Diabetes mellitus is a metabolic disorder associated with an increased risk of depression. Diabetic rats exhibit depression-like behavior, and taurine, one of the most abundant free amino acids in the brain, reverses this depressive behavior.
Because taurine is a GABAA agonist modulator, we hypothesize that its antidepressant effect results from interaction on this system by altering α2 GABAA receptor subunit expression alongside changes in BDNF mRNA and memory in diabetic rats.
Streptozotocin-diabetic and nondiabetic Wistar rats were injected intraperitoneally with 100 mg/kg taurine or saline daily for 30 days. At the end of the experiment, the rats were exposed to the novel object recognition memory. Later, they were euthanized, the brains were weighed, and the hippocampus was dissected for α2 GABAA subunit and BDNF mRNA expression.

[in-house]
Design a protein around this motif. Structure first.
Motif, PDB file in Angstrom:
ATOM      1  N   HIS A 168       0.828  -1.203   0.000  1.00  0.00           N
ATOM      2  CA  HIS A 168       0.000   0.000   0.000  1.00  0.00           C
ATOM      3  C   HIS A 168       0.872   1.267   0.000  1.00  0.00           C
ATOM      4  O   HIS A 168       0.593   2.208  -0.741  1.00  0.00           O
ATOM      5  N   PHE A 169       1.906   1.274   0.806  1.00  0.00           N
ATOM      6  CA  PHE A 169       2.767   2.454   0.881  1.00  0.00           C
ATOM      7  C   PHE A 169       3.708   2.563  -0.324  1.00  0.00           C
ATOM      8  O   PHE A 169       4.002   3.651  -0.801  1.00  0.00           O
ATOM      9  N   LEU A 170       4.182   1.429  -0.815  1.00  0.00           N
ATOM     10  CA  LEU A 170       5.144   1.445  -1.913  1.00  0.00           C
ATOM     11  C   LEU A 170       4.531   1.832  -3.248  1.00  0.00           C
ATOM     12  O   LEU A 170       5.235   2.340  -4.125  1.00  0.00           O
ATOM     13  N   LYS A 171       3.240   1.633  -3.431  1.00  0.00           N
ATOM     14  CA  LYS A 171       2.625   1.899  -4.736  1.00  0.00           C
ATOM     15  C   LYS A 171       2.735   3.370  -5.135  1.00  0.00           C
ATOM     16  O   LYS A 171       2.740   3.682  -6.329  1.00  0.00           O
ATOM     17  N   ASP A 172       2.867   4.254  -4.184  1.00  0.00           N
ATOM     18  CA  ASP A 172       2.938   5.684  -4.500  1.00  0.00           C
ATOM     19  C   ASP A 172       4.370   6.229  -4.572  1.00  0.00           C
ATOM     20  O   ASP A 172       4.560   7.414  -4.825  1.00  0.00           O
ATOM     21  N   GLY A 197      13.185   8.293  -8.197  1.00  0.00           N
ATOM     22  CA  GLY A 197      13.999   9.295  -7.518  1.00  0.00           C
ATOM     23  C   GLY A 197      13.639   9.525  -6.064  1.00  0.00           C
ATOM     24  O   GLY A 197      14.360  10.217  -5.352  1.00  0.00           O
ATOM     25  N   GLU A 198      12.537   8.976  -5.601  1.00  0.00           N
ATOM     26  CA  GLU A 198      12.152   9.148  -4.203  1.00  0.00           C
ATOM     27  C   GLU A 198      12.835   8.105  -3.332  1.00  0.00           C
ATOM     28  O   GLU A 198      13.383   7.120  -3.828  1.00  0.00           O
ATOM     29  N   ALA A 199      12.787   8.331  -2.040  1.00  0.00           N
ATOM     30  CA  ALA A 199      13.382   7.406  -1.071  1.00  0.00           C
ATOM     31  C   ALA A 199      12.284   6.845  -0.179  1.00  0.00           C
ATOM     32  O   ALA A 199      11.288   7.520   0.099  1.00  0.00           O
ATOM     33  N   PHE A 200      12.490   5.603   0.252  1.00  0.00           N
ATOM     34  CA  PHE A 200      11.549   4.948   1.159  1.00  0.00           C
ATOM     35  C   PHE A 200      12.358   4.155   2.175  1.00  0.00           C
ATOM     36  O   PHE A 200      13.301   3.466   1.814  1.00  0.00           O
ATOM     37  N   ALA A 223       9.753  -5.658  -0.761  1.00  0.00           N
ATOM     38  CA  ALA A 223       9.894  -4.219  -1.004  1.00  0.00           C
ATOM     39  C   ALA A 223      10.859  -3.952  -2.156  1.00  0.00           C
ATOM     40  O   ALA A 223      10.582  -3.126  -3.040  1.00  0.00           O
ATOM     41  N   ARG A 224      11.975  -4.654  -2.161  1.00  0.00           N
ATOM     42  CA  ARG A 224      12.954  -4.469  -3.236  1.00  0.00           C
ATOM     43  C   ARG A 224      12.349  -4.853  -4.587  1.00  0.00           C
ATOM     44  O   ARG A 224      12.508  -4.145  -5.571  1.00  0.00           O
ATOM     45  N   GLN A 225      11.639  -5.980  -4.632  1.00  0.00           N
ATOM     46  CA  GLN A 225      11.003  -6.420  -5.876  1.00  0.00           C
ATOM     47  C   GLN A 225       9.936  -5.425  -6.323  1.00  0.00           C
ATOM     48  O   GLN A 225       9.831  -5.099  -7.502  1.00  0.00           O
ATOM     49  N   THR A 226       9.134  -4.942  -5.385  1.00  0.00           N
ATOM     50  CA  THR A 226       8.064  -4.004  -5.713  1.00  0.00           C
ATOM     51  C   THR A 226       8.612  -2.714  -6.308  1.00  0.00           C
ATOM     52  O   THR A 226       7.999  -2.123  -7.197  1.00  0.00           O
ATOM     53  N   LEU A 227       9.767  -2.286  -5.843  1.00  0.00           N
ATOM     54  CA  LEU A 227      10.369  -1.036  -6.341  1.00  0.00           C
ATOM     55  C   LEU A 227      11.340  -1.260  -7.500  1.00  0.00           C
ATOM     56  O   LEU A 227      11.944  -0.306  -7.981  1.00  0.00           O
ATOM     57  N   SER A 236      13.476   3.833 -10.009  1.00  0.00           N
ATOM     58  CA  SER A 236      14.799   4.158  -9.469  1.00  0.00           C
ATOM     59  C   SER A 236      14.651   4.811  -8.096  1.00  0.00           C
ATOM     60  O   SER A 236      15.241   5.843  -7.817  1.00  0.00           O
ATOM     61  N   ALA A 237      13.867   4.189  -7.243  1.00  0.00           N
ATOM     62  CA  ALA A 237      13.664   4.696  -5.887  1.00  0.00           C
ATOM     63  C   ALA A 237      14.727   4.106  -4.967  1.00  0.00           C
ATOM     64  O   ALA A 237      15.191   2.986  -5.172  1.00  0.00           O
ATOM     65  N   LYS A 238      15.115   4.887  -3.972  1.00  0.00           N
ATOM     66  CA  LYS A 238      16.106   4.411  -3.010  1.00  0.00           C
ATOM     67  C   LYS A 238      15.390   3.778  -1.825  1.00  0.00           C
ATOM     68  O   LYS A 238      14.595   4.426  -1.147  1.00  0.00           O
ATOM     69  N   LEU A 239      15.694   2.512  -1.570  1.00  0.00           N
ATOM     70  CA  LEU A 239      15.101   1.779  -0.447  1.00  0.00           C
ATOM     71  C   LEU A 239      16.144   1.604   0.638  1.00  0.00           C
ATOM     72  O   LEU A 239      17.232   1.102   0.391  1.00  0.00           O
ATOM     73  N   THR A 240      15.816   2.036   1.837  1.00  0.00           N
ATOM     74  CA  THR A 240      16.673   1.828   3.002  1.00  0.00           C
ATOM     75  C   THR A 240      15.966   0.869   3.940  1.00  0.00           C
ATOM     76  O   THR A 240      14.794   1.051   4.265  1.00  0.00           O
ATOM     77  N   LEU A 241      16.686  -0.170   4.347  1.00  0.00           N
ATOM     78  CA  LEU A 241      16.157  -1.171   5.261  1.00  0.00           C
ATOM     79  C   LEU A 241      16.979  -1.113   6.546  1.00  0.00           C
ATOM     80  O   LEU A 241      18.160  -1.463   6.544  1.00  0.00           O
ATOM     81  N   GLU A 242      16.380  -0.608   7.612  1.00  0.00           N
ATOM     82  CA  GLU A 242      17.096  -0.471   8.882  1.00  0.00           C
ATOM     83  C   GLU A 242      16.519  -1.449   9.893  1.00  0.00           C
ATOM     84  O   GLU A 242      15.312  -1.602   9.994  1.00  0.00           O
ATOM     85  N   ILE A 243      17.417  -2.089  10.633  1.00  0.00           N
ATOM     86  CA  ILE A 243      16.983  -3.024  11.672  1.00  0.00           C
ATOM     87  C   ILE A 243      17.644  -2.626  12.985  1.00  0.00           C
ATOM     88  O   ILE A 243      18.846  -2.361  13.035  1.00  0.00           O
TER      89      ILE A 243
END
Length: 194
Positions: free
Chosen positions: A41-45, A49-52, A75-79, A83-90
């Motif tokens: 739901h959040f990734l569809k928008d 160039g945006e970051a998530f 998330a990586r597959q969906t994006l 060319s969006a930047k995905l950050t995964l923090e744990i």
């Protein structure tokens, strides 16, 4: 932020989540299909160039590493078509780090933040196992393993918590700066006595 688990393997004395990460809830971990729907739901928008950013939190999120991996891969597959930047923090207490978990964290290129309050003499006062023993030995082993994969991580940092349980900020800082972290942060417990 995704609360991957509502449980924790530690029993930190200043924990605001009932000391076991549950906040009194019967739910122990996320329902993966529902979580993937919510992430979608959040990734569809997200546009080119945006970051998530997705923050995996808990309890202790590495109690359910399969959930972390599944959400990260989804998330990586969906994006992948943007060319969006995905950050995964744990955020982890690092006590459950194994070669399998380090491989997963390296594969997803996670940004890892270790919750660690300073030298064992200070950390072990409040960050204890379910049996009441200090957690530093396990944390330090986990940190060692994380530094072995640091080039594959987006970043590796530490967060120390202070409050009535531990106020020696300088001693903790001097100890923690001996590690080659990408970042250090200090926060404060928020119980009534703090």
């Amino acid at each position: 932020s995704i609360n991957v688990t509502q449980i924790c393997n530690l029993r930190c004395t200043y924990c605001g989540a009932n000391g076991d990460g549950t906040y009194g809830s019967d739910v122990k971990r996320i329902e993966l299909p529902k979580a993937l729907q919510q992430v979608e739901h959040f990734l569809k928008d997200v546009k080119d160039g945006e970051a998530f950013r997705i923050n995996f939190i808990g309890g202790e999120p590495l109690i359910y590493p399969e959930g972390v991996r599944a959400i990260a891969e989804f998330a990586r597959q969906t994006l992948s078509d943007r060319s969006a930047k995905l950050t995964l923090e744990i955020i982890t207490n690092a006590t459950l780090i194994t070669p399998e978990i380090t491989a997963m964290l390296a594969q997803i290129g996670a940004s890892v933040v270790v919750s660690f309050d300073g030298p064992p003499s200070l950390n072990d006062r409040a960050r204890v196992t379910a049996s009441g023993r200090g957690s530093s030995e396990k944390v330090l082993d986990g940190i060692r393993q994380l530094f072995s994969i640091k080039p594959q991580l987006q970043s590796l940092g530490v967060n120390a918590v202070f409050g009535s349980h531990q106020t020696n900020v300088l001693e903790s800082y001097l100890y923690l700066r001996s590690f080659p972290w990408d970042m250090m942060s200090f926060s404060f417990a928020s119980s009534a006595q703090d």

Real-time quantitative PCR (qPCR) showed that diabetic rats had lower α2 GABAA subunit and BDNF mRNA expression than nondiabetic rats, and taurine increased both parameters in these diseased rats. Taurine also reversed the lower brain weight and improved short-term memory in diabetic rats.
Thus, the antidepressant effect of taurine could be explained by interference with the GABA system, consistent with the neuroprotective effect shown here by preventing brain weight loss and improving short-term memory in diabetic rats.
Found at Alkohol adé (german)